Farming 700-acres in Anglesey, Jack Foulkes alongside his father, John and their two full time employees run 2,700 ewes (1,400 Suffolk x Mules, 600 Scotch ewes and the rest Texel crosses), lambing at the end of January. As the land is heavy clay based, ewes are housed by the end of November to give the land a rest; ready for the new year and cycle.
The farm have invested and are currently expanding the slatted shed space where ewes are housed on slats for a period of time before they lamb down. “We have had slats for 12 years, we’re happy with the performance and they work for us. They help rest up the pasture and also keep costs in check; without having to send off animals on tack and also bedding” Jack comments.
The farm’s NWF Sales Specialist, Huw Lloyd-Roberts has been working with Jack and the team for around 12 years. “One of the first things we do each season is analyse the silage, this enables us to determine the rate of supplementary feed that needs to be provided at each stage of pregnancy and into lactation” Huw comments. The silage is also tested throughout the season allowing adjustments to be made as the unit works through the pit. Marchynys feeds ad-lib silage and NWF’s top-quality ewe roll from 8-3 weeks prior to lambing depending on their litter size. Supplementary feed rates depend on silage analysis but typical feed rates are shown below:
• Triplets get up to 1kg/day, which is worked up over 8 weeks.
• Twins get up to 0.7kg/ day over 6 weeks.
• Singles get around 0.35Kg/day in the last 3 weeks of pregnancy.
They had improved the nutrition of the ewes which resulted in an improvement of colostrum quality and quantity. “The vet took bloods from the lambs to assess colostrum absorption, the results speak for themselves as we are still using the diet 4 years on” Jack comments. NWF Sales Specialist Huw, comments that “by feeding and looking after the ewes during this time, they are able to look after themselves for the rest of the year”. Jack says “although we get very little metabolic incidences (3 twin lamb disease last year out of 2,700 ewes), the ewes affected will never fully recover and ultimately cost the system”. He also then explains that “sheep have changed over the years, the demand from that ewe is greater and we must manage her accordingly”.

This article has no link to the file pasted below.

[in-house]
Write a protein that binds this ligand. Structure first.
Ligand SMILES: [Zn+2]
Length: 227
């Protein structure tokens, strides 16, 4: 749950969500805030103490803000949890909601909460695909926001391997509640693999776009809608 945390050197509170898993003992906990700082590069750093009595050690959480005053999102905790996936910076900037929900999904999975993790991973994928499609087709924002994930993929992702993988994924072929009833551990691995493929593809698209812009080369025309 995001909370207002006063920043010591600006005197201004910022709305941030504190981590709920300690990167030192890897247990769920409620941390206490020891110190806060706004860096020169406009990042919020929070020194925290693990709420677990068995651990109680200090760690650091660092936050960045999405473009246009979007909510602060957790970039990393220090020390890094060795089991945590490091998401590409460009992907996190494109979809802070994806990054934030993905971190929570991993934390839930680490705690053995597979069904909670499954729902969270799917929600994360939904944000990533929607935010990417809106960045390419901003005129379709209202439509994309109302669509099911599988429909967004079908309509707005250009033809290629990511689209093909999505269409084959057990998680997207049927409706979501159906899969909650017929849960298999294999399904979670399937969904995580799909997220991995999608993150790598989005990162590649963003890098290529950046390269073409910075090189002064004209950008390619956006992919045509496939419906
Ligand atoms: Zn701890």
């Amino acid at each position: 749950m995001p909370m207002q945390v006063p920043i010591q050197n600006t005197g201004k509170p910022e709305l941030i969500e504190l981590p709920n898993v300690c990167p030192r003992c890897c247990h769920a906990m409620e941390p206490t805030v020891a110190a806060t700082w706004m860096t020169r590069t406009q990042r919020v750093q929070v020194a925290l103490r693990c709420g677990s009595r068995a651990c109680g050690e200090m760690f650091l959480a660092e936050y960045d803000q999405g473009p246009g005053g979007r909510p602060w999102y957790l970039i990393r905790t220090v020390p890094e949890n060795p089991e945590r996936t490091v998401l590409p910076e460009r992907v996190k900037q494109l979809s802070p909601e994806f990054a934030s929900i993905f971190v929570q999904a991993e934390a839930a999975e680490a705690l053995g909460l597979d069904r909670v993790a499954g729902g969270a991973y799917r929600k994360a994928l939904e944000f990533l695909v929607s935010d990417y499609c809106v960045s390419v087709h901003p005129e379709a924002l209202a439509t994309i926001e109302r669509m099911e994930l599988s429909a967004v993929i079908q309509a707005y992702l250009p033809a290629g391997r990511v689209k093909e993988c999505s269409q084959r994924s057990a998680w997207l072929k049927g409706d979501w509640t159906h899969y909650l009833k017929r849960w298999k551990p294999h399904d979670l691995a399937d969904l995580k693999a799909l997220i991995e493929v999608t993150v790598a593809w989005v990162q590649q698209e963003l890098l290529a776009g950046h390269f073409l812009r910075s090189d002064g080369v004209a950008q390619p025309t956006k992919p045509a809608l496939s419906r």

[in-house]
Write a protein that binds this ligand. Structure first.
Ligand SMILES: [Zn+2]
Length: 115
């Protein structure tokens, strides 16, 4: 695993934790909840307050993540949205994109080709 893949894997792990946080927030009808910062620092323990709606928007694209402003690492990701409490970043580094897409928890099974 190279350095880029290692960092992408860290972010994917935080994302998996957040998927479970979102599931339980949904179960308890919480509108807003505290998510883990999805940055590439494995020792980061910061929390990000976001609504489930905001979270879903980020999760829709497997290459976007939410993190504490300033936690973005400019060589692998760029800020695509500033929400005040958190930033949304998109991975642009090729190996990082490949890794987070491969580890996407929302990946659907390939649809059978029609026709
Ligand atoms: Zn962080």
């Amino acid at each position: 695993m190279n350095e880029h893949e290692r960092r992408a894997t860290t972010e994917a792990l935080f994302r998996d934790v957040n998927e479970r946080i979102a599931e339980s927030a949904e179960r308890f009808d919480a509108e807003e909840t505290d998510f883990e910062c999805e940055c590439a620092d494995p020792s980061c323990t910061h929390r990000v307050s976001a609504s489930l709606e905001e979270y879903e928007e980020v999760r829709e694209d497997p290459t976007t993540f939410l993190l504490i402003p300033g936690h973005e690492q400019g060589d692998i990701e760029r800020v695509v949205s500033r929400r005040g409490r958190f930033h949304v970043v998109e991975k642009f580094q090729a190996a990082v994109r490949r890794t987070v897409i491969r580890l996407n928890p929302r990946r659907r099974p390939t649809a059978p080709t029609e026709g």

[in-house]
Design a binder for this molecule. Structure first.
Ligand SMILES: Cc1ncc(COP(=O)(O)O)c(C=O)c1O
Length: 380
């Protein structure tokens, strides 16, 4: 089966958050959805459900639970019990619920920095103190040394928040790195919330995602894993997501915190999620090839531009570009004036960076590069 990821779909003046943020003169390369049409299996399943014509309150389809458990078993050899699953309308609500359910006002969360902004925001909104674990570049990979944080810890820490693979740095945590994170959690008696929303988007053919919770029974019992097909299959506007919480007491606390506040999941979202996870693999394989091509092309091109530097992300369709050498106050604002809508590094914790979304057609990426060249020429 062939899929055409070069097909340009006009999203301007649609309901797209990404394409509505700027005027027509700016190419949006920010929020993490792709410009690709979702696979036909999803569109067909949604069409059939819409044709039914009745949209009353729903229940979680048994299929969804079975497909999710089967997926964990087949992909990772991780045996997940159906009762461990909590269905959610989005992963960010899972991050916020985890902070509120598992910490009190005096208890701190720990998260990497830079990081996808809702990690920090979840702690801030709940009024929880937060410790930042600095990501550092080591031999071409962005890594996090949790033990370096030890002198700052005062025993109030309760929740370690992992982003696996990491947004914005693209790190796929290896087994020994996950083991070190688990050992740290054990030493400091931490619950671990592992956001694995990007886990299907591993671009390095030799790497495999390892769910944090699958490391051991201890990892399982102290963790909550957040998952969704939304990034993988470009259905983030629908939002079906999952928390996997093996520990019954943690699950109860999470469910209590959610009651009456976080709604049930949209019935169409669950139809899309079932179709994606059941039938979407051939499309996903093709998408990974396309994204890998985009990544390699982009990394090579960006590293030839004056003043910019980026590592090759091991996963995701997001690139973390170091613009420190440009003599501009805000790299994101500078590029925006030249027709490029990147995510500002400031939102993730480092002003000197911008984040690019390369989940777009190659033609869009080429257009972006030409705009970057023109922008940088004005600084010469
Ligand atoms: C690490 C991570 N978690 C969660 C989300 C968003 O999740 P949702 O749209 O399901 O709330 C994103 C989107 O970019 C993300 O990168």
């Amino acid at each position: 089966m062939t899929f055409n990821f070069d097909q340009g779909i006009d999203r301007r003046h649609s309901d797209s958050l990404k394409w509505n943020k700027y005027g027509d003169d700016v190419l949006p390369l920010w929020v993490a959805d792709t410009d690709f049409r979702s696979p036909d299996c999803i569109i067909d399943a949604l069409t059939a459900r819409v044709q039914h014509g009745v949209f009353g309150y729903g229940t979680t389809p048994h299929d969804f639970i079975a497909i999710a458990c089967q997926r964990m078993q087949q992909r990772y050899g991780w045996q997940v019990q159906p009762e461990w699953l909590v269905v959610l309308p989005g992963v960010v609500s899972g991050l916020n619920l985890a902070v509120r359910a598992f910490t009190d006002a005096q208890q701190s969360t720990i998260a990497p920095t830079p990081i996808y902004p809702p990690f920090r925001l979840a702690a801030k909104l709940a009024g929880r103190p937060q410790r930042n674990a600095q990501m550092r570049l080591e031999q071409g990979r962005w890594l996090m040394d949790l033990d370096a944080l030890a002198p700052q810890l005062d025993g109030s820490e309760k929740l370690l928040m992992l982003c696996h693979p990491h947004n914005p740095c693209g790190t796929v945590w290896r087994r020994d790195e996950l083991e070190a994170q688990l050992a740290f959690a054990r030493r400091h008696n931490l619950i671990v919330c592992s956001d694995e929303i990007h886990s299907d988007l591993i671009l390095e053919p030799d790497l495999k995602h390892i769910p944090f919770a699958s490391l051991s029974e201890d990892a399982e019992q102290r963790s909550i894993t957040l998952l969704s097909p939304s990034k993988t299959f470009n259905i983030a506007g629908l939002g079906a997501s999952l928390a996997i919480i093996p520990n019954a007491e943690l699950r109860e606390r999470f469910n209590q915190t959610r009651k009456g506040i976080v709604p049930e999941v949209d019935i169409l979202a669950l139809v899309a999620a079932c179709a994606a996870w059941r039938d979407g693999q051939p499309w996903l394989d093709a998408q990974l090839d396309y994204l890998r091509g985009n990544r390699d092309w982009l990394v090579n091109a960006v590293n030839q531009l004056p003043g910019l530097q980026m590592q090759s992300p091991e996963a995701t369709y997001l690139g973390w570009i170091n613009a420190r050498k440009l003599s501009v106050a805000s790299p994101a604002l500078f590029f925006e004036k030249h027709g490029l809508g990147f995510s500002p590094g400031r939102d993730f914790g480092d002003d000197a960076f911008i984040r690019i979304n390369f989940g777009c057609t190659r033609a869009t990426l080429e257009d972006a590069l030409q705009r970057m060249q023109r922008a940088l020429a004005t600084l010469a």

Around two days after a ewe has lambed, she is then turned out onto the rested pasture and depending on the weather and the season, will get supplementary feed. “We do not plate measure or record grass growth as such, but we know if the sward is below 3-4cms, they need some supplementary feed. Plus, the ewe’s will also tell us if they need some rolls!” says Jack. In the field, the lambs have creep feed from 4 weeks onwards, NWF’s Fast Lamb Pellets which is a high quality, energy dense starter diet. Lambs are sold off the ewe from 12-16 weeks of age depending on the season and all go to Tesco. “We target a 42kg lamb, to average a deadweight of 19.5kg”. By the end of July, anything which is left will be weaned, which is roughly 25% of the lamb crop.
Marchynys have a replacement rate of 20%, roughly 260 ewes each year are homebred from the Scottish Mules. The other half are sourced from Thame Sheep Fair. Jack analyses the lambing data they gather each year and only buys ewes from flocks which have performed well in the past, with a known health status.
For the future, Jack wants to continue to increase the farm’s efficiency and improve their carbon footprint. By being part of the Tesco supply chain, the farm is involved with group meetings where there is increasing discussions about sustainability and carbon, something as a business and farming system the team at Marchynys will be looking at.
NWF would like to thank Jack and the team at Marchynys for the insight to their system and wish them all the best for the coming lambing season!
For further nutritional advice on maximising your ewe and lamb performance, speak to your local NWF Sales Specialist, or get in touch on 0800 756 2787. If you want to feature in one of our bulletins, please let in touch with our marketing department, firstname.lastname@example.org